There is no other season more jam packed full of family tradition than the holiday season. When my husband and I were raising our three daughters, any new family activity we did during this time of the year became a tradition to be repeated, at least in the minds of our girls. “But it’s a TRADITION!”, they’d say, if we said we weren’t going to be doing something we’d done the previous year. Soon, we had more “traditions” than we could keep track of or had time for.
When Jesus walked on planet earth, He was born into the Jewish religious system that was full of religious tradition. Through the centuries the religious leaders had taken the law of God and added thousands of manmade traditions to it. When Jesus came along, He upset their religious apple cart by telling them that they were actually disregarding and disrespecting the law of God by clinging to their manmade traditions more than to the truth.
As we age and our life circumstances change, it’s all too easy to want to cling tightly to our family traditions. We long for things that are permanent and unchanging as our lives go zooming by and we see our children becoming grown and independent. But, like the religious leaders of Jesus’ day, we have to be careful that our traditions don’t become more burdensome than life-giving. You may have heard of the famous book, The Life-Changing Magic of Tidying Up, by Marie Kondo. It’s all about decluttering your house and only keeping those items that still bring you joy. Sometimes, we may need to declutter our holiday schedule and decide which traditions are no longer working for us and have become burdensome instead of bringing us joy.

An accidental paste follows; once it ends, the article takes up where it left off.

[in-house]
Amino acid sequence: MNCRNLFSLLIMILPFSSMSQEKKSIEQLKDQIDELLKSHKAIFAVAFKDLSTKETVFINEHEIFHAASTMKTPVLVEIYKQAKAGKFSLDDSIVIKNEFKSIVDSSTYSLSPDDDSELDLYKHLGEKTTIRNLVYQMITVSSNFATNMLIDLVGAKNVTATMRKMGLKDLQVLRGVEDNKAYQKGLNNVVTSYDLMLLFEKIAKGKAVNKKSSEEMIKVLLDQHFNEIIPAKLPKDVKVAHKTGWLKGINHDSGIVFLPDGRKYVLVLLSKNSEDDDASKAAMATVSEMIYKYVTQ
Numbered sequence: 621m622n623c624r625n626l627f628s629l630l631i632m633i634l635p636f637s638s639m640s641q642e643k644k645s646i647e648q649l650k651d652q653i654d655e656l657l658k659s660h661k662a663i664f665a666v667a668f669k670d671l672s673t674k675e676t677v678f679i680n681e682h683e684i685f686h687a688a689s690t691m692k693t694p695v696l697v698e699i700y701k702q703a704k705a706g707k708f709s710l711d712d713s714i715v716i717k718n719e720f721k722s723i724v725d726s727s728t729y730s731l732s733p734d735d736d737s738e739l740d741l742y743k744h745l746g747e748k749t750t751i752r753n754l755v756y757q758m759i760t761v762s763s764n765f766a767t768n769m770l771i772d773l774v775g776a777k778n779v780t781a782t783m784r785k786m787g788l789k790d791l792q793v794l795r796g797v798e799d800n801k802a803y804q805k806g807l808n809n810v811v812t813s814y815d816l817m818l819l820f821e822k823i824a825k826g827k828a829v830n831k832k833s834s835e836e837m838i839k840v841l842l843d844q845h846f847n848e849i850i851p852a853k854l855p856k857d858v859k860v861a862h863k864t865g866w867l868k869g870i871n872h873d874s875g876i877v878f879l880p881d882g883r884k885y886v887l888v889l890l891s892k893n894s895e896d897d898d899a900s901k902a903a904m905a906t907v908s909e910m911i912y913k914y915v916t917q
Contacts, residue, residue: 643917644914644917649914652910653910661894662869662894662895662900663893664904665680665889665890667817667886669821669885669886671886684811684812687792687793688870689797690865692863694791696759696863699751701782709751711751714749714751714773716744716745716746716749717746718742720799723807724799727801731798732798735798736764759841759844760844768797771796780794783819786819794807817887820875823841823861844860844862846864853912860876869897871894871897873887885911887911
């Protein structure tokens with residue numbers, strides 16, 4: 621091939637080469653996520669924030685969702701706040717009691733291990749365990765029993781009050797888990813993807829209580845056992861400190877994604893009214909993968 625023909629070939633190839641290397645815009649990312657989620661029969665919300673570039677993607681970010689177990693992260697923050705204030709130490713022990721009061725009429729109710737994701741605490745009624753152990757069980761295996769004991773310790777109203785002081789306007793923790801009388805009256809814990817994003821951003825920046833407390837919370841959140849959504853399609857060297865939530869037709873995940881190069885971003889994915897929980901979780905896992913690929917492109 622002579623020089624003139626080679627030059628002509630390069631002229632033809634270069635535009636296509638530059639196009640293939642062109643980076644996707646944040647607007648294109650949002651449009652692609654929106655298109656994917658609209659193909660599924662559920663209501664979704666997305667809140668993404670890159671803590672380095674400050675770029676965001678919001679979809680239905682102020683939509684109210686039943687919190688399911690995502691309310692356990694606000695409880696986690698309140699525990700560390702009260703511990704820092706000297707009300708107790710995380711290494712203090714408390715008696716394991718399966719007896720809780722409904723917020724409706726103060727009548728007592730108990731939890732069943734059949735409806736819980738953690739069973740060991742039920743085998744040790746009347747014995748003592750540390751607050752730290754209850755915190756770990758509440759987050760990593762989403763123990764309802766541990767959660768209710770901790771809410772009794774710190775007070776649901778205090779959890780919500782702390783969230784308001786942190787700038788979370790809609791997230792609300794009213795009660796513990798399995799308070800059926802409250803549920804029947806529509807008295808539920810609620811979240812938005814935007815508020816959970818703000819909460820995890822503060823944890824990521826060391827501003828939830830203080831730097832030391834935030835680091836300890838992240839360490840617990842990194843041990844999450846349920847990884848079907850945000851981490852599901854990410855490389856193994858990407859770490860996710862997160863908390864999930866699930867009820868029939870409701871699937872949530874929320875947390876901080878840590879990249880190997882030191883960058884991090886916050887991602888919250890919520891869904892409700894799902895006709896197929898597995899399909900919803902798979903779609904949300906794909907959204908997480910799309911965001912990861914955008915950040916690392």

When our girls were small, holidays were spent at either my mama’s or my in-law’s. But seasons in life change and with it, some of our traditions had to change, too. In subsequent years, our own home became the center for holiday celebrations. This year, there’s another generational shift. Thanksgiving is at our middle daughter’s home, where her southern-born husband is going to deep fry the turkey. That’s a big departure from our usual Thanksgiving tradition! Christmas Day will be spent at our oldest daughter’s new to them farmhouse. All of our daughters, sons-in-law and grandchildren will be there. This year, the location of our celebration may be different, but we will still have family traditions that we will honor. We will still eat our favorite Christmas breakfast together, eggs, sausage balls, cheese grits and my homemade cinnamon cranberry bread. My husband will still read his Christmas blessing. A blessing he writes every year to be spoken aloud over our children and their descendants. We’ll still open gifts one by one. Starting with the youngest going to the oldest until the room is filled with wrapping paper and ribbon and the space under the tree is bare. We’ll still make lamb and roasted potatoes for Christmas dinner. But this time I’ll show my girls how to marinate the lamb and how to roast it just right. There will come a day when it will be their turn to carry on that tradition, and I need to be gracious enough to let go and let them.